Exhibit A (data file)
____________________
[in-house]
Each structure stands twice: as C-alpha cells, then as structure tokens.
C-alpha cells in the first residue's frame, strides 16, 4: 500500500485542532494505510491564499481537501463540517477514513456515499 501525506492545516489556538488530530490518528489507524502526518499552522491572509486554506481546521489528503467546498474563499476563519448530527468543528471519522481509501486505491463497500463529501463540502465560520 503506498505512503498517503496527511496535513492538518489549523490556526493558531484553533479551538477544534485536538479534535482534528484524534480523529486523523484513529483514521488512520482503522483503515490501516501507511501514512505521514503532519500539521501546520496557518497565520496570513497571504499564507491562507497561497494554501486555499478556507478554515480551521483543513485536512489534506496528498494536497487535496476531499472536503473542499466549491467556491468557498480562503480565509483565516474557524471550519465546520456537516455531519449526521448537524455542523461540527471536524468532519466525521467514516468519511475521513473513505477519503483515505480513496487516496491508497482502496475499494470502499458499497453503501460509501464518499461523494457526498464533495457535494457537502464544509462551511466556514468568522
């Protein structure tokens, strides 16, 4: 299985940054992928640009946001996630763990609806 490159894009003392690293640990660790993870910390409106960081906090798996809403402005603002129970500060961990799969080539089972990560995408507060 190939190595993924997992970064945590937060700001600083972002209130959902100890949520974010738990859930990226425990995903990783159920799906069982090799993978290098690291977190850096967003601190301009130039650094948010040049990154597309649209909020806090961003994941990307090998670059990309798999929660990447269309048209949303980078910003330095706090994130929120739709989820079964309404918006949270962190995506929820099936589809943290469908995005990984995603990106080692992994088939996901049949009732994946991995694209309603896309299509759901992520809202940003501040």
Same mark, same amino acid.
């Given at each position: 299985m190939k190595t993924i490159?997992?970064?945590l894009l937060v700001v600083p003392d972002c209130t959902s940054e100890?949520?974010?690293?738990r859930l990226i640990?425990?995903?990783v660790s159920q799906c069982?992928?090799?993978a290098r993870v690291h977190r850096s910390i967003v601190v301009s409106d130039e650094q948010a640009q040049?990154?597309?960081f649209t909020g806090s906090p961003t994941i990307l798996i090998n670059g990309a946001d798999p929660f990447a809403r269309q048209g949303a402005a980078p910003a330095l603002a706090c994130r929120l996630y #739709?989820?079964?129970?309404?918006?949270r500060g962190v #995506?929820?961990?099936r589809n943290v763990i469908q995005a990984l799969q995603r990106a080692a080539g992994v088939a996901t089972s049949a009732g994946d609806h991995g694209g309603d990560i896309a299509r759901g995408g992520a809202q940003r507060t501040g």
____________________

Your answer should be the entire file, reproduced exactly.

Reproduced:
[in-house]
Each structure stands twice: as C-alpha cells, then as structure tokens.
C-alpha cells in the first residue's frame, strides 16, 4: 500500500485542532494505510491564499481537501463540517477514513456515499 501525506492545516489556538488530530490518528489507524502526518499552522491572509486554506481546521489528503467546498474563499476563519448530527468543528471519522481509501486505491463497500463529501463540502465560520 503506498505512503498517503496527511496535513492538518489549523490556526493558531484553533479551538477544534485536538479534535482534528484524534480523529486523523484513529483514521488512520482503522483503515490501516501507511501514512505521514503532519500539521501546520496557518497565520496570513497571504499564507491562507497561497494554501486555499478556507478554515480551521483543513485536512489534506496528498494536497487535496476531499472536503473542499466549491467556491468557498480562503480565509483565516474557524471550519465546520456537516455531519449526521448537524455542523461540527471536524468532519466525521467514516468519511475521513473513505477519503483515505480513496487516496491508497482502496475499494470502499458499497453503501460509501464518499461523494457526498464533495457535494457537502464544509462551511466556514468568522
């Protein structure tokens, strides 16, 4: 299985940054992928640009946001996630763990609806 490159894009003392690293640990660790993870910390409106960081906090798996809403402005603002129970500060961990799969080539089972990560995408507060 190939190595993924997992970064945590937060700001600083972002209130959902100890949520974010738990859930990226425990995903990783159920799906069982090799993978290098690291977190850096967003601190301009130039650094948010040049990154597309649209909020806090961003994941990307090998670059990309798999929660990447269309048209949303980078910003330095706090994130929120739709989820079964309404918006949270962190995506929820099936589809943290469908995005990984995603990106080692992994088939996901049949009732994946991995694209309603896309299509759901992520809202940003501040």
Same mark, same amino acid.
């Given at each position: 299985m190939k190595t993924i490159?997992?970064?945590l894009l937060v700001v600083p003392d972002c209130t959902s940054e100890?949520?974010?690293?738990r859930l990226i640990?425990?995903?990783v660790s159920q799906c069982?992928?090799?993978a290098r993870v690291h977190r850096s910390i967003v601190v301009s409106d130039e650094q948010a640009q040049?990154?597309?960081f649209t909020g806090s906090p961003t994941i990307l798996i090998n670059g990309a946001d798999p929660f990447a809403r269309q048209g949303a402005a980078p910003a330095l603002a706090c994130r929120l996630y #739709?989820?079964?129970?309404?918006?949270r500060g962190v #995506?929820?961990?099936r589809n943290v763990i469908q995005a990984l799969q995603r990106a080692a080539g992994v088939a996901t089972s049949a009732g994946d609806h991995g694209g309603d990560i896309a299509r759901g995408g992520a809202q940003r507060t501040g």